Zendo Hopping

You might remember that I was going to check out another zendo since I’m in search of a teacher.  Well, things went quite well and it was so interesting to see the similarities and differences that can occur.  In fact, I should have done this process a lot sooner, because it is apparent that I’m already getting too comfortable in my ways.  Anyway, here is what I’ve learned:

Size – Wow, sanghas really do come in different flavors.  One thing to consider is your own personal learning style.  In a smaller sangha, there seems to be more opportunity to connect like a family.  This can be challenging, because any family has instances where your buttons will be pushed, which of course leads to more practical experience dealing with people back at your job and at home.  In a larger sangha, there is more of a tendency to blend in (well, except when you are screwing up oryoki like me).  You might feel close to just a few people and you may not run into them too often.  As for teachers, you are more likely to have more contact in a smaller sangha, while in a larger one, seeing a teacher may only happen when you hear the bell.  Finally, one other consideration is the roles that you learn.  In a smaller sangha you get to wear more hats — you might be the person hitting the gong during a sutra, whereas in a larger sangha, this role may be given to someone with more experience.

Age/Diversity – From my limited experience, this can really vary.  For instance, the smaller sangha I visited had less diversity, and more people were over 40.  However, at the larger sangha there was more of a range in age and diversity.  Age can also become a concern, because if most people seem older and there is a lack of young blood, the sustainability of the sangha becomes a concern. I guess that concern makes me guilty of not being in the present 😉

Oryoki – Who knew that oryoki could have variances… you can do this with or without a placemat, the knot can be tied puffy or flat, you may or may not serve others, it may be done on wooden planks or the bare floor, the food may be spicy or bland,  it may or may not be Asian style, and it might resemble a large procession or be more like a family sit down.  It’s all so fun and it certainly keeps you on your toes (as intended).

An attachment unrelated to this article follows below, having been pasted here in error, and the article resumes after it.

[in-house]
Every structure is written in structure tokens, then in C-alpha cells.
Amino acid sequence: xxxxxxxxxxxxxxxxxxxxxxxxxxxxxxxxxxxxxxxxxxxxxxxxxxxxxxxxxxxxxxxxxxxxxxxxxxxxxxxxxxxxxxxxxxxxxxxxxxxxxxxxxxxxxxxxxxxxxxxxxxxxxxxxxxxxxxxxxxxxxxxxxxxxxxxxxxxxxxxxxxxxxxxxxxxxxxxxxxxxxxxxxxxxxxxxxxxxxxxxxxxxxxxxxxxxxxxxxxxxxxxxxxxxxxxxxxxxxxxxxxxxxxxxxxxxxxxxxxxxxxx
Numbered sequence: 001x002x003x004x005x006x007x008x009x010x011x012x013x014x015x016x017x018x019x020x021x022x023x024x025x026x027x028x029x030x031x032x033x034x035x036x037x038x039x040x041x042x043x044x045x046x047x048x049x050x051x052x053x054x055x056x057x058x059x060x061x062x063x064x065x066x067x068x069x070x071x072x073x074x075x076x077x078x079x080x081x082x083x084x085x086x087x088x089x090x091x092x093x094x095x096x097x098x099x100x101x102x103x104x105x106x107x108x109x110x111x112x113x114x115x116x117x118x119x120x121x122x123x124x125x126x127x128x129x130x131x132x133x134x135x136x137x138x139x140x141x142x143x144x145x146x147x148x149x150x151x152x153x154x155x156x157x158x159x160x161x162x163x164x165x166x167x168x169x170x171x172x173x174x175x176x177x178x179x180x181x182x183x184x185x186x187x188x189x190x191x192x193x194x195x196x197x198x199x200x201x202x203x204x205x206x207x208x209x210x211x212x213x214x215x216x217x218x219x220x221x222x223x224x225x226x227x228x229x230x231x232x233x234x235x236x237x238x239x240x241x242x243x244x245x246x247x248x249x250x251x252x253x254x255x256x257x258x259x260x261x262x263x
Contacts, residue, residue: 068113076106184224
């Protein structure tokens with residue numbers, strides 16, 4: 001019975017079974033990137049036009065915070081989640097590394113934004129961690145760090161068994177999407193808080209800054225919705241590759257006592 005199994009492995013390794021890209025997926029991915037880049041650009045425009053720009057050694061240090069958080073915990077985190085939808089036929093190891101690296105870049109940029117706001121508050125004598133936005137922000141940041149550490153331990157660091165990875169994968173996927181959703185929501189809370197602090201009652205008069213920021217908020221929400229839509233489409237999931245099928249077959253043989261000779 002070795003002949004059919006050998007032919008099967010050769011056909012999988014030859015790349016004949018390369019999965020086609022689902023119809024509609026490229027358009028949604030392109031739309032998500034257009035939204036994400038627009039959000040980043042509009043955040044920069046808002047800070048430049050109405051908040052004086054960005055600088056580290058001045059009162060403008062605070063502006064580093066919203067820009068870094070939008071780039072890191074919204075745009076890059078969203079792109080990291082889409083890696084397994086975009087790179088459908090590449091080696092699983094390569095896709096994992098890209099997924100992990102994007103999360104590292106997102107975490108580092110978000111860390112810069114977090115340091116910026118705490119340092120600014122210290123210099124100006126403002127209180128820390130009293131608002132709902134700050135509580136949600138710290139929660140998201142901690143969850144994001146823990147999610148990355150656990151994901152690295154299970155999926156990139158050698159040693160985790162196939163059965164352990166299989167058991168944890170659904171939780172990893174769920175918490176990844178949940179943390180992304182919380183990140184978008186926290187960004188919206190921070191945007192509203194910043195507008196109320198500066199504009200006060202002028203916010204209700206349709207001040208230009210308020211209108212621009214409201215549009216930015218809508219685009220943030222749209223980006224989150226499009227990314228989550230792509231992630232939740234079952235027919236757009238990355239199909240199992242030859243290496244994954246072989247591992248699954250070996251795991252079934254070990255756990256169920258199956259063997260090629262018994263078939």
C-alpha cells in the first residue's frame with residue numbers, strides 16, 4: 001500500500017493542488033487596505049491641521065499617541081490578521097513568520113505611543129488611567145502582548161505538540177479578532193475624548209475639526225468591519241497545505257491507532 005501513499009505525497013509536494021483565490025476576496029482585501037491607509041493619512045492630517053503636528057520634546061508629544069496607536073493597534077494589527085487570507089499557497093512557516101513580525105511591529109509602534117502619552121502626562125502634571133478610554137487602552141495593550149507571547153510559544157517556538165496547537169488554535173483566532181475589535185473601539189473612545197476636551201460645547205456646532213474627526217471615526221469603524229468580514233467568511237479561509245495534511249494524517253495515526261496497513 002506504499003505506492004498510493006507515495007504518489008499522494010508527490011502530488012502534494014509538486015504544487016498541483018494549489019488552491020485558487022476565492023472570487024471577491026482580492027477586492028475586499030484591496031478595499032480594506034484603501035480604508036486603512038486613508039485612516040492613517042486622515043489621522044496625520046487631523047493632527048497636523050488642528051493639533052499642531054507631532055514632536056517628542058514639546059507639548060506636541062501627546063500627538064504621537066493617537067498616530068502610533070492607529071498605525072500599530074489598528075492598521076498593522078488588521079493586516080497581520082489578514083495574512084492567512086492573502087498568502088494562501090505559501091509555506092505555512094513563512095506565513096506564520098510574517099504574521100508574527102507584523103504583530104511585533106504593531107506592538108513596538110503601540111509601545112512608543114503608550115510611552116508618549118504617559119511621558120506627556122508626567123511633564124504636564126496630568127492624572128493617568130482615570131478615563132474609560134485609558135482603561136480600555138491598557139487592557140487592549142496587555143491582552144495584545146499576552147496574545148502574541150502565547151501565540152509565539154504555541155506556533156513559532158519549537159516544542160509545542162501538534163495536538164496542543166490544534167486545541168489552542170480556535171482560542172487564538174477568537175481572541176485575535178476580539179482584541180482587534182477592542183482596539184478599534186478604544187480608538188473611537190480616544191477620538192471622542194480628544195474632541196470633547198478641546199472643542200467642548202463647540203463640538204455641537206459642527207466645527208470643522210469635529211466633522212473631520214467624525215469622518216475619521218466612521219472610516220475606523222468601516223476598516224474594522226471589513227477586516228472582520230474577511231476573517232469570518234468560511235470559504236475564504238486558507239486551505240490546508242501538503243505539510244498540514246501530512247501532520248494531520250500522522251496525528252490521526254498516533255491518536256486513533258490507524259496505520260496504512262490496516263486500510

Program – How interesting to hear how the Westernized version of the vows can differ.  Some are more poetic, while others are short and sweet.  What about saying some of the chants in Japanese?  What about different sutras.  Again, it’s fun to see what takes hold in different zendos.  And by visiting different places you gain exposure to more readings and chants.  Sharing at the end of a sesshin can be emotional, and it is also interesting to see how that can take shape.  In a larger place, I have seen it done remaining seated in rows on the cushions, merely offering a voice Quaker style.  Yet, at a smaller one, things may be done informally with tea and cookies in a circle.

Sleeping Quarters – This can really vary — I’ve had 7 roommates (four snoring) in bunk beds, while at another place I’ve had one roomate (non-snoring) on separate futons on the floor.  Again, this is all part of the challenge we face.  My husband snores anyway, so I’m pretty broken in.

I know for me, this chance to explore has created more questions.  I find it easy to get caught up in what I like and don’t like — even down to kinhin and robes.  It is even more proof that what I really need to experience are the things that make me squirm the most.  As for picking a zendo, I still remain in the balance.  I find that there are assets in all places, and like all things, there is no black and white answer.  Maybe this is the problem of being an American and having the luxury of too many choices.  I may not be sure where I’m headed tomorrow, but today I’m thankful that zazen even made it here.

Bowing to you…

 

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~ by zengirl1 on October 12, 2010.

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